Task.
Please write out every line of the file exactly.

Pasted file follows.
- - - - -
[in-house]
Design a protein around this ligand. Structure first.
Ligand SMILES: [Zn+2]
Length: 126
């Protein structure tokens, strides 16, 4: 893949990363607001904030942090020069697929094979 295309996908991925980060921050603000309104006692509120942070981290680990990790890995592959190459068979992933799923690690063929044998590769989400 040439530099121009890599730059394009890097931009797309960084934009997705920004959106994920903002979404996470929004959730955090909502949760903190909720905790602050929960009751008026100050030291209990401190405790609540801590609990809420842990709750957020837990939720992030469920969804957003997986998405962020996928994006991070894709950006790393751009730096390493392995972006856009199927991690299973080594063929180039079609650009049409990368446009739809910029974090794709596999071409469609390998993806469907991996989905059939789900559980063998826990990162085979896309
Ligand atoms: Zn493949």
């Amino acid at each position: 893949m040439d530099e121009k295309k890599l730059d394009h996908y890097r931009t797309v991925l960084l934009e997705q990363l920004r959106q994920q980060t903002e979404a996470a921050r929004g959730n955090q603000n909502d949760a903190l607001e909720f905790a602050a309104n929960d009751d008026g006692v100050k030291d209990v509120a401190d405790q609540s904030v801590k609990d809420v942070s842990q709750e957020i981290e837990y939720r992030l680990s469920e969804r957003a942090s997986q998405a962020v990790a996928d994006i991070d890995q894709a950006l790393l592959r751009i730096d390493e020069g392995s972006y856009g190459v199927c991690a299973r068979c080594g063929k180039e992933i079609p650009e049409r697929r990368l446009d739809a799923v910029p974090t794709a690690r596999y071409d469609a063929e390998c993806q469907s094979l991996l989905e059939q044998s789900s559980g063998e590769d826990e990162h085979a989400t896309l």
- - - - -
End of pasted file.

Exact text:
[in-house]
Design a protein around this ligand. Structure first.
Ligand SMILES: [Zn+2]
Length: 126
């Protein structure tokens, strides 16, 4: 893949990363607001904030942090020069697929094979 295309996908991925980060921050603000309104006692509120942070981290680990990790890995592959190459068979992933799923690690063929044998590769989400 040439530099121009890599730059394009890097931009797309960084934009997705920004959106994920903002979404996470929004959730955090909502949760903190909720905790602050929960009751008026100050030291209990401190405790609540801590609990809420842990709750957020837990939720992030469920969804957003997986998405962020996928994006991070894709950006790393751009730096390493392995972006856009199927991690299973080594063929180039079609650009049409990368446009739809910029974090794709596999071409469609390998993806469907991996989905059939789900559980063998826990990162085979896309
Ligand atoms: Zn493949």
């Amino acid at each position: 893949m040439d530099e121009k295309k890599l730059d394009h996908y890097r931009t797309v991925l960084l934009e997705q990363l920004r959106q994920q980060t903002e979404a996470a921050r929004g959730n955090q603000n909502d949760a903190l607001e909720f905790a602050a309104n929960d009751d008026g006692v100050k030291d209990v509120a401190d405790q609540s904030v801590k609990d809420v942070s842990q709750e957020i981290e837990y939720r992030l680990s469920e969804r957003a942090s997986q998405a962020v990790a996928d994006i991070d890995q894709a950006l790393l592959r751009i730096d390493e020069g392995s972006y856009g190459v199927c991690a299973r068979c080594g063929k180039e992933i079609p650009e049409r697929r990368l446009d739809a799923v910029p974090t794709a690690r596999y071409d469609a063929e390998c993806q469907s094979l991996l989905e059939q044998s789900s559980g063998e590769d826990e990162h085979a989400t896309l």